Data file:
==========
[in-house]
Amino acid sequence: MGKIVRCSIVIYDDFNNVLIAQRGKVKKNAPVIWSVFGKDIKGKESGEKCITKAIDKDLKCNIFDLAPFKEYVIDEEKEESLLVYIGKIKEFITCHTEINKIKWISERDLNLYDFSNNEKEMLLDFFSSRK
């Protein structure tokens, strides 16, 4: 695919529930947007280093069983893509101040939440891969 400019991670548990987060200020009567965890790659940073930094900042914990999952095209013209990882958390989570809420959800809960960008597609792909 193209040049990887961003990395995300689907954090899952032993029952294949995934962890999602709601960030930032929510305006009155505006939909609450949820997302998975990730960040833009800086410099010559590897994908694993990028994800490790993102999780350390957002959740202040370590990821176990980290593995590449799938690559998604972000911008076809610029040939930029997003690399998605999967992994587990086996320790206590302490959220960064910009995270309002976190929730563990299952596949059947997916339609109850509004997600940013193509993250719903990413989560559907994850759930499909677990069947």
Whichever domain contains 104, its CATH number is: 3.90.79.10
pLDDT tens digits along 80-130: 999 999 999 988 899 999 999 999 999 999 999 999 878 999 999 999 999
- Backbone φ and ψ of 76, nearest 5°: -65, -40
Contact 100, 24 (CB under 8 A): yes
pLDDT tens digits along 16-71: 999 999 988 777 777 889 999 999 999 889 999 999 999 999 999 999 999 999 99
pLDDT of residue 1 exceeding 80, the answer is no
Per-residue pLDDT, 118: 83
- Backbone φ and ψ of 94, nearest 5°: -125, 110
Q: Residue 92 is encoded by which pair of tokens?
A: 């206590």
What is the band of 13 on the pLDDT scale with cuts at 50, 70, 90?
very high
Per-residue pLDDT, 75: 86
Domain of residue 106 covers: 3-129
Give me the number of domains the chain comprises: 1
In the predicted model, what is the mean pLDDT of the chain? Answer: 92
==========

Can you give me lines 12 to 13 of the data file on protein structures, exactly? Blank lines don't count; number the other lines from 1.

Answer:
Q: Residue 92 is encoded by which pair of tokens?
A: 């206590």